Just a few days ago I felt like I’d won one for the environment after I’d convinced my husband to switch from Charmin to Marcal. It’s better for the planet, I said. It’s made with 100% recycled paper, I said.


The problem is that cash register receipts and other types of thermal paper get thrown in with paper recyclables, contaminating the whole lot with a powdered form of BPA. So now I’m not sure if switching to Marcal is the right move. I can only imagine what my husband will say when I break that to him. It took a lot of finessing on my part to get him to say yes to Marcal, which he did mostly so I’d stop talking about toilet paper. Now, not only am I not sure about switching, but we may have to rethink toilet paper entirely.  My biggest wish at the moment is that someone else give him that update.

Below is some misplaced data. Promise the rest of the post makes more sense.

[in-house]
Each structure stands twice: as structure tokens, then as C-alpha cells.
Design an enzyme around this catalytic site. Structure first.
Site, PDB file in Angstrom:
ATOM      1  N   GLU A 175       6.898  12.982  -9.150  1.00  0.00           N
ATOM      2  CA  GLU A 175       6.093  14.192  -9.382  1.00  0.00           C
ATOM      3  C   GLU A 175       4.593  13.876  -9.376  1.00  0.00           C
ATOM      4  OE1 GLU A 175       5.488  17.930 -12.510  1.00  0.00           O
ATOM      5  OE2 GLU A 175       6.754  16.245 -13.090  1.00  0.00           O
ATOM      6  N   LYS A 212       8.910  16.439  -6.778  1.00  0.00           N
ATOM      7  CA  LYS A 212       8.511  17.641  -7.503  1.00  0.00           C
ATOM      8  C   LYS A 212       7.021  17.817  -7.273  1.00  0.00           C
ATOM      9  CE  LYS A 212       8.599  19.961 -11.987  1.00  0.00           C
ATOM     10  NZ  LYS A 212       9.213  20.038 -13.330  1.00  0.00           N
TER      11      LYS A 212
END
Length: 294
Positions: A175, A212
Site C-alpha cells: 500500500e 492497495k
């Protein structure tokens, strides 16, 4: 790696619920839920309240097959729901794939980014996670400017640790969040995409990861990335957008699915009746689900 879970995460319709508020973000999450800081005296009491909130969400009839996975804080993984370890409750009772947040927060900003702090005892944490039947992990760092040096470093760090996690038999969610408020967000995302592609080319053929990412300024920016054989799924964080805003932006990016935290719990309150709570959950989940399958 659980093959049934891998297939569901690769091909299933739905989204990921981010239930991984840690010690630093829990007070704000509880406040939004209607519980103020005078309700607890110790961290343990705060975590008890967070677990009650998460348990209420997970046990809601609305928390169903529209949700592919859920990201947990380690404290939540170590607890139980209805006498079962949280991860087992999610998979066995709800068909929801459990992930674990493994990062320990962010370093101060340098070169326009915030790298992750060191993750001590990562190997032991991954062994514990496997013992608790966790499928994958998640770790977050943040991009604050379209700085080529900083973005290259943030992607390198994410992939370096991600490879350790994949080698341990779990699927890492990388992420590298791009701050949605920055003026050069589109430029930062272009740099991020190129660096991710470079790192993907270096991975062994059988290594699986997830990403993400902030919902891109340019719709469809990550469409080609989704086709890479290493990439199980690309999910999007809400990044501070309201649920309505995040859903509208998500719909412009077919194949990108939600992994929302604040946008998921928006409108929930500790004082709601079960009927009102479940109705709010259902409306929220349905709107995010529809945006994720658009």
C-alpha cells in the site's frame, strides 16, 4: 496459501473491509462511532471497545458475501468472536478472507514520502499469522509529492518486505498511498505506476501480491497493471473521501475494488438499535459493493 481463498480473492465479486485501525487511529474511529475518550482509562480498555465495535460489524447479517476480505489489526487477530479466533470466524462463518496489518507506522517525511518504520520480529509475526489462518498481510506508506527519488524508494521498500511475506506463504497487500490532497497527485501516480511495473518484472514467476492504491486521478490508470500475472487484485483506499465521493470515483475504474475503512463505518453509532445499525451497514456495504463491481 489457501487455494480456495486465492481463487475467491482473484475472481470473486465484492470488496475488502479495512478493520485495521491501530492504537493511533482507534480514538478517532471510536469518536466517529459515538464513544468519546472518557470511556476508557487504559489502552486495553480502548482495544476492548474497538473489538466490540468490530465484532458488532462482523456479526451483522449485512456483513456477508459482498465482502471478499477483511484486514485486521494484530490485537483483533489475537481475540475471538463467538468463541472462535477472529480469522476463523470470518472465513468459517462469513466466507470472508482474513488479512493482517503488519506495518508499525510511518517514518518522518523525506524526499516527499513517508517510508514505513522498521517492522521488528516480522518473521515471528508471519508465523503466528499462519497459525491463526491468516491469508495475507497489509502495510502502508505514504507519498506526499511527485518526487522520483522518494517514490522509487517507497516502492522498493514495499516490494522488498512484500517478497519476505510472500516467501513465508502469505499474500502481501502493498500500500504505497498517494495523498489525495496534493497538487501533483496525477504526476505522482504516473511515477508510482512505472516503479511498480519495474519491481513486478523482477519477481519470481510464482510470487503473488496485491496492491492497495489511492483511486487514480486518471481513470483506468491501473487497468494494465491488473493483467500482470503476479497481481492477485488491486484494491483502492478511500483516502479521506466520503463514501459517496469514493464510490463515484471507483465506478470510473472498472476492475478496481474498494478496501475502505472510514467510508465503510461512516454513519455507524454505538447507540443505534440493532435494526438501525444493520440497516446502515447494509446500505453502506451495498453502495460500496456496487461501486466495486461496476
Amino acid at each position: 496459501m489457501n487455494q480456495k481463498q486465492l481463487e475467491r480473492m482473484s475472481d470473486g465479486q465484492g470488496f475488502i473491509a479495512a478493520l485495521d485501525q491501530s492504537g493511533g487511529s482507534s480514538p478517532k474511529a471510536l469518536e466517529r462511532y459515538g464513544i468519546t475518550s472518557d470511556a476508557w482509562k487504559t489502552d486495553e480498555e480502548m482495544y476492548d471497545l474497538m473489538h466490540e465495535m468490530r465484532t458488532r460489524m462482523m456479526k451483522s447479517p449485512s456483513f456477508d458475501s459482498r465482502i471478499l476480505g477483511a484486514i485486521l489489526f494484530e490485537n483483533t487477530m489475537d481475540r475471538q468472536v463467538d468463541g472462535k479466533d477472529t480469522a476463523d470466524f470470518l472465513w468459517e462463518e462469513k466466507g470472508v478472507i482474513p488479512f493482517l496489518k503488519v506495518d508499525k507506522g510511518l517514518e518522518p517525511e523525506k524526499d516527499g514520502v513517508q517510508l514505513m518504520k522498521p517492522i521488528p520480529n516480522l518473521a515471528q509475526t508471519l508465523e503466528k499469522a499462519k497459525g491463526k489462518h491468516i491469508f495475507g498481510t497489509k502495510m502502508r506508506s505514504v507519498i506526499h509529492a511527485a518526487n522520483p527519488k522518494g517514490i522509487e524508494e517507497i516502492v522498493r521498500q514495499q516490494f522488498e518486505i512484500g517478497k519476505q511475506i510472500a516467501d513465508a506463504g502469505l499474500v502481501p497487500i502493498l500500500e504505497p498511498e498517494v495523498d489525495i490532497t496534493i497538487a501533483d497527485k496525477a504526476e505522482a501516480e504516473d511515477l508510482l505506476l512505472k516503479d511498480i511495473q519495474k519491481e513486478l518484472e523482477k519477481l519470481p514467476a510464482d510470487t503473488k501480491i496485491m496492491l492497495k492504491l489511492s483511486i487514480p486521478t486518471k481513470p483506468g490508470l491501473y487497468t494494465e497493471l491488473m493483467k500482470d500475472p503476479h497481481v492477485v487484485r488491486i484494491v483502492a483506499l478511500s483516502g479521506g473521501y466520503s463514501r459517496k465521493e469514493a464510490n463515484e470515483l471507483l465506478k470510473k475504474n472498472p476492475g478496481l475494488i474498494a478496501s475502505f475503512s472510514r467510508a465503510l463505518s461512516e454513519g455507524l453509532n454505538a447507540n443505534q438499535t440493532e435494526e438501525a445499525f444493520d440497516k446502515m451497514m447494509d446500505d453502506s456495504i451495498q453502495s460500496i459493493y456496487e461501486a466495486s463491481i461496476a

My husband responded with a long sigh and then this: “Sounds like we’ve always been exposed to BPA. Is it really that big a deal?” He rested his arm on the banister atop the stairs to the loft, looking towards me and my desk and my opened laptop through the eyes of a guy who’d seen it all before.

“I don’t know,” I said.

“And yet you’re freaking out.”

He had a point. In fact, most toilet paper in public restrooms are made from post-consumer recyclables, which means most of us get a dose of it whenever we ‘go’ outside our homes. BPA has been detected in paper currency, too. With that, in addition to the #’s 3-7 plastic food containers that things like DD smoothies come in, there are more ways of being exposed to BPA, or its substitute, Bisphenol-S, (which, as it turns out, is no better,) than there are tweets by Donald Trump.

“Why don’t you just email Marcal and ask if their TP has BPA in it?”

“I did. They never got back to me.” I couldn’t hide my frustration.  “It really bothers me when companies don’t reply to my emails.”